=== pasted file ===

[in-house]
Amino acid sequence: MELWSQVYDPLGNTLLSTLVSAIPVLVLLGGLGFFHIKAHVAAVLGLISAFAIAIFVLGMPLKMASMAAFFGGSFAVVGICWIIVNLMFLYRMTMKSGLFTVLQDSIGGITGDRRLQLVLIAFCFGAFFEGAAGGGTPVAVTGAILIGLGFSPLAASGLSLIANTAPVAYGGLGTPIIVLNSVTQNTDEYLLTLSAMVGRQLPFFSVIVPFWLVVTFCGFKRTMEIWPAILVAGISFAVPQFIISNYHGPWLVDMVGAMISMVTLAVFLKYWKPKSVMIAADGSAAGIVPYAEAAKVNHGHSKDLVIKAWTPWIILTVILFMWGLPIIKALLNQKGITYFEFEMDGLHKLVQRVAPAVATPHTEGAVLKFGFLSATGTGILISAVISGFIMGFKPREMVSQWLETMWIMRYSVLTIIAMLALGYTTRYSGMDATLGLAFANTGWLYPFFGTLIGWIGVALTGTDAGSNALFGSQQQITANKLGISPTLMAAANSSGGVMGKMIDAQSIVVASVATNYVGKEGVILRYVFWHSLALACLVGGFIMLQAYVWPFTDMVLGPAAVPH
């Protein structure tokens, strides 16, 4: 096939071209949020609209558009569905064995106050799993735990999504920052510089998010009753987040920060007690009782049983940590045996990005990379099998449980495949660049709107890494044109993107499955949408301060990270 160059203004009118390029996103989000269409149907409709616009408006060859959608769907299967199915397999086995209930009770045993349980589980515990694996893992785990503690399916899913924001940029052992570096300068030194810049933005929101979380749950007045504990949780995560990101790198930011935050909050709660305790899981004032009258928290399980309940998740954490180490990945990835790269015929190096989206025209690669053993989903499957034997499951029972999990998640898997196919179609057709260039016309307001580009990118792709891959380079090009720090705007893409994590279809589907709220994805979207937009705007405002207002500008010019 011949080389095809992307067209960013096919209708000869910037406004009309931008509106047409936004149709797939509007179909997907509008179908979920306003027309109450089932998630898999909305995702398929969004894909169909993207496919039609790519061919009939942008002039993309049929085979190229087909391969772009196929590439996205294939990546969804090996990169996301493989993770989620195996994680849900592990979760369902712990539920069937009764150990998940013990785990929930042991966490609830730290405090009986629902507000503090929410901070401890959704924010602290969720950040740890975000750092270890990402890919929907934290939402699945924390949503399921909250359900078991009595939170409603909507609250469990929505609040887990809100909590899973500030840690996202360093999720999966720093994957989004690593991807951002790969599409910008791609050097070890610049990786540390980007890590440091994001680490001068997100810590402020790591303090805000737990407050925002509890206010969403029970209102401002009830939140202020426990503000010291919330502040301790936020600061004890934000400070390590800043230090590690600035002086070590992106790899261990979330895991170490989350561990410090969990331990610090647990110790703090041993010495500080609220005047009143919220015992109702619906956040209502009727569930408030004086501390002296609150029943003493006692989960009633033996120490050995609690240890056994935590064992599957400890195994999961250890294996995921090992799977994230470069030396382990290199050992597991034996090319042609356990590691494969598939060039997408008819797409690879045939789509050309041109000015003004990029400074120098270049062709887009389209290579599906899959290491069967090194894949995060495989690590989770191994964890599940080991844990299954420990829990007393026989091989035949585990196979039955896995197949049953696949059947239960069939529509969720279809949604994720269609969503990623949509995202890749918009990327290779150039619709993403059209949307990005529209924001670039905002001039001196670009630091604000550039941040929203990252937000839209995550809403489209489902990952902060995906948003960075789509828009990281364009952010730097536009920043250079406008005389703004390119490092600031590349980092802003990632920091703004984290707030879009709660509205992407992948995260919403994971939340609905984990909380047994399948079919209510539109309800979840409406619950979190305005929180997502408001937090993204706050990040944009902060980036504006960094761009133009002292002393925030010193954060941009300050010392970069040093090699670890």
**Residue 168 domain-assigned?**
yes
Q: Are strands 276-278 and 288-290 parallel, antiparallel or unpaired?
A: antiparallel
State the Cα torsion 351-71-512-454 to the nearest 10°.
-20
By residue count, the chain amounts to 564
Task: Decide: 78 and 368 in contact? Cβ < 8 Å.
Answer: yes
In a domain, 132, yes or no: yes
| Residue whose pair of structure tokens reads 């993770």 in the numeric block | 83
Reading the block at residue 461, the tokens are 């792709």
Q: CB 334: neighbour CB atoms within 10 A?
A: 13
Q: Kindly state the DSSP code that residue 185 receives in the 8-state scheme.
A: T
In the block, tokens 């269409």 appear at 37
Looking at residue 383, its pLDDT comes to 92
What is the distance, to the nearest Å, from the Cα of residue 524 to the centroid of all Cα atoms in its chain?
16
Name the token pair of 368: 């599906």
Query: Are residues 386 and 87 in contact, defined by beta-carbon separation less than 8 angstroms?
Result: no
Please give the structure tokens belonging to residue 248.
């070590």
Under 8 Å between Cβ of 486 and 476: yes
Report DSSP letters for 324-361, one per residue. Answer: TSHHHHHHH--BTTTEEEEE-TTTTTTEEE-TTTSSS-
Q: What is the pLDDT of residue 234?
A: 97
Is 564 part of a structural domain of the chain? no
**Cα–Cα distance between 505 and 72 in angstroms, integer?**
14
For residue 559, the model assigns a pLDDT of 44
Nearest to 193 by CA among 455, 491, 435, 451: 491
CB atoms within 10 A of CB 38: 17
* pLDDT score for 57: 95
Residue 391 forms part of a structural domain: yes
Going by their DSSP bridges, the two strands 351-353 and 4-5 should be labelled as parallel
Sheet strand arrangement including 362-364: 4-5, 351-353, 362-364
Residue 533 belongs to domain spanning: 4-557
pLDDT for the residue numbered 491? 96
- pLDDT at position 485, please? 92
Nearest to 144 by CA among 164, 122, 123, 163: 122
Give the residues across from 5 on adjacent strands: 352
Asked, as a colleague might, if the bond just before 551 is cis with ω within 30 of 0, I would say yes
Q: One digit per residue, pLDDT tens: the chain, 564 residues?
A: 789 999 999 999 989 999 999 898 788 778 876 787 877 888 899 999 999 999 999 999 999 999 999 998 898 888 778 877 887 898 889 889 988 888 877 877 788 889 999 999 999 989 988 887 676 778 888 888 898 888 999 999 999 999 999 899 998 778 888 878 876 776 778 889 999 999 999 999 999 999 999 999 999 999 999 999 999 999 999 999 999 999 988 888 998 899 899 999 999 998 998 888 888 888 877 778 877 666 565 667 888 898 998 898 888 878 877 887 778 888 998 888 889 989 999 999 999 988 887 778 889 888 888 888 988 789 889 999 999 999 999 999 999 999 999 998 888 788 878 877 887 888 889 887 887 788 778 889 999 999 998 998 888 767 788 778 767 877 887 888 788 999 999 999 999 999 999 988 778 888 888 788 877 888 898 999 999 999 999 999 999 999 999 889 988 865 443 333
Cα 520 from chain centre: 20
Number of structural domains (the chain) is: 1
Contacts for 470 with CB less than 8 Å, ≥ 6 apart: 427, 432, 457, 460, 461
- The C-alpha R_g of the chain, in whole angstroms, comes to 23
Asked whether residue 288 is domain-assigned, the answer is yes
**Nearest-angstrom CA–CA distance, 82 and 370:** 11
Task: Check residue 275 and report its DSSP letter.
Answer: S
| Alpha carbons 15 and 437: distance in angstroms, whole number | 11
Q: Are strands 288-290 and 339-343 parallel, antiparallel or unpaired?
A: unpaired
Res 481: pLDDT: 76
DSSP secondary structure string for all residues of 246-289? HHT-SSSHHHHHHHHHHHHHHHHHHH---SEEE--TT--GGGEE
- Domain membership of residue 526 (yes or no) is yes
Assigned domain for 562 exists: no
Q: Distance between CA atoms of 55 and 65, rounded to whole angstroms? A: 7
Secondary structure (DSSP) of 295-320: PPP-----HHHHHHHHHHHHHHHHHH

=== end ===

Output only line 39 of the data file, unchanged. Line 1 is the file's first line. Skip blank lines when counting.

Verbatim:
* pLDDT score for 57: 95